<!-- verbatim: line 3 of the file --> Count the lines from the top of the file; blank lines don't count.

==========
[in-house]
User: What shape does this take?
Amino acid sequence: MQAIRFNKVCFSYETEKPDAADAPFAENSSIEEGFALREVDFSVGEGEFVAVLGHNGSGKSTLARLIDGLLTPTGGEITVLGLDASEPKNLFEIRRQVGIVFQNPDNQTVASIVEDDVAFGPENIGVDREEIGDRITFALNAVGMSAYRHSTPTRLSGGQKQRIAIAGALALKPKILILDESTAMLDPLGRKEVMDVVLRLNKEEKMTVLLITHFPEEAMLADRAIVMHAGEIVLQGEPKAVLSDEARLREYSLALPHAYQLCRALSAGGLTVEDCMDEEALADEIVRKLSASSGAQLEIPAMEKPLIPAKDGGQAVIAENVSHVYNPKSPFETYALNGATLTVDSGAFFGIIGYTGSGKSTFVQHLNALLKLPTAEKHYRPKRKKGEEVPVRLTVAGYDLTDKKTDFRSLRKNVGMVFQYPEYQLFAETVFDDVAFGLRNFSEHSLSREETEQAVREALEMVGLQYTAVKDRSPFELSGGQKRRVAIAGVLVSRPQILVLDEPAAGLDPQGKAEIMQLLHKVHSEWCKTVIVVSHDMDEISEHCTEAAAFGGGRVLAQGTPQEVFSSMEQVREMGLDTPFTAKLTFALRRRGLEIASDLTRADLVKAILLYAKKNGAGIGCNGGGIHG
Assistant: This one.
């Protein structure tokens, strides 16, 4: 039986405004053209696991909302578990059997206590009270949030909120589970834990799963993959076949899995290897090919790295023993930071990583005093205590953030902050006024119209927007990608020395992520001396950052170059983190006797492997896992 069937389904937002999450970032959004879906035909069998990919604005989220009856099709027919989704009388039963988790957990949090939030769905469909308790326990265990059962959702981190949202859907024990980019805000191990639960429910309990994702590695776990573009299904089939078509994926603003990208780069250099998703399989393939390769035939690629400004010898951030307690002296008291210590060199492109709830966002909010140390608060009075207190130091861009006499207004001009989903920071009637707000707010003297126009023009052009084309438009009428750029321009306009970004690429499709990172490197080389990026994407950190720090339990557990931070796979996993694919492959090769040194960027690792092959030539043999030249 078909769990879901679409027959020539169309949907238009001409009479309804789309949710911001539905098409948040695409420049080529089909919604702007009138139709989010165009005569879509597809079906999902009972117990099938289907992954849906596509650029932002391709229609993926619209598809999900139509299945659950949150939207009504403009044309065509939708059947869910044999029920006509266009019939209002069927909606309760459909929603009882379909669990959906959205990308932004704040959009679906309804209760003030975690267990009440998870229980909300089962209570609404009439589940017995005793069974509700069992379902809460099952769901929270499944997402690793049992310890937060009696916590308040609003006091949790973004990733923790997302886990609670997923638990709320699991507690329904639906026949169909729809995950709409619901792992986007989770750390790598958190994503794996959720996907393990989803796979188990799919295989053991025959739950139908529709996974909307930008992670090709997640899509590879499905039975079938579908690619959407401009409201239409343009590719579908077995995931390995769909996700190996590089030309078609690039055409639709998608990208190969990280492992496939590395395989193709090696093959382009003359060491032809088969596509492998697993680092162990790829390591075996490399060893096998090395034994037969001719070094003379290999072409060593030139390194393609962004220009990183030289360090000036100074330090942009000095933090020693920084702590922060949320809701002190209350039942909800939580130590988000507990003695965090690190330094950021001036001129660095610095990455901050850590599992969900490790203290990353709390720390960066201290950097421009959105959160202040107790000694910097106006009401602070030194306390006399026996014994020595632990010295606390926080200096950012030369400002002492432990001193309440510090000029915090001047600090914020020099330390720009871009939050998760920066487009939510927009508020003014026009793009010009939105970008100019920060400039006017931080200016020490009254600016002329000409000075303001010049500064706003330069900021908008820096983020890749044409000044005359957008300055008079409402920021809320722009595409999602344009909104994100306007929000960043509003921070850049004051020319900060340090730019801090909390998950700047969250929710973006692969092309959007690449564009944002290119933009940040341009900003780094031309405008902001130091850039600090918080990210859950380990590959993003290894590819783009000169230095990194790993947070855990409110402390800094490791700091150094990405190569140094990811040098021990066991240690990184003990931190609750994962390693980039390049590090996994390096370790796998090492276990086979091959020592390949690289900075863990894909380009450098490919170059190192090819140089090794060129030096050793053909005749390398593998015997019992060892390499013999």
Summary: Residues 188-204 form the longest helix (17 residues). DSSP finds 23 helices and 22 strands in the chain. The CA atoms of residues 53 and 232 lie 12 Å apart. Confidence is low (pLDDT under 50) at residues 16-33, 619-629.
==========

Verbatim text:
Amino acid sequence: MQAIRFNKVCFSYETEKPDAADAPFAENSSIEEGFALREVDFSVGEGEFVAVLGHNGSGKSTLARLIDGLLTPTGGEITVLGLDASEPKNLFEIRRQVGIVFQNPDNQTVASIVEDDVAFGPENIGVDREEIGDRITFALNAVGMSAYRHSTPTRLSGGQKQRIAIAGALALKPKILILDESTAMLDPLGRKEVMDVVLRLNKEEKMTVLLITHFPEEAMLADRAIVMHAGEIVLQGEPKAVLSDEARLREYSLALPHAYQLCRALSAGGLTVEDCMDEEALADEIVRKLSASSGAQLEIPAMEKPLIPAKDGGQAVIAENVSHVYNPKSPFETYALNGATLTVDSGAFFGIIGYTGSGKSTFVQHLNALLKLPTAEKHYRPKRKKGEEVPVRLTVAGYDLTDKKTDFRSLRKNVGMVFQYPEYQLFAETVFDDVAFGLRNFSEHSLSREETEQAVREALEMVGLQYTAVKDRSPFELSGGQKRRVAIAGVLVSRPQILVLDEPAAGLDPQGKAEIMQLLHKVHSEWCKTVIVVSHDMDEISEHCTEAAAFGGGRVLAQGTPQEVFSSMEQVREMGLDTPFTAKLTFALRRRGLEIASDLTRADLVKAILLYAKKNGAGIGCNGGGIHG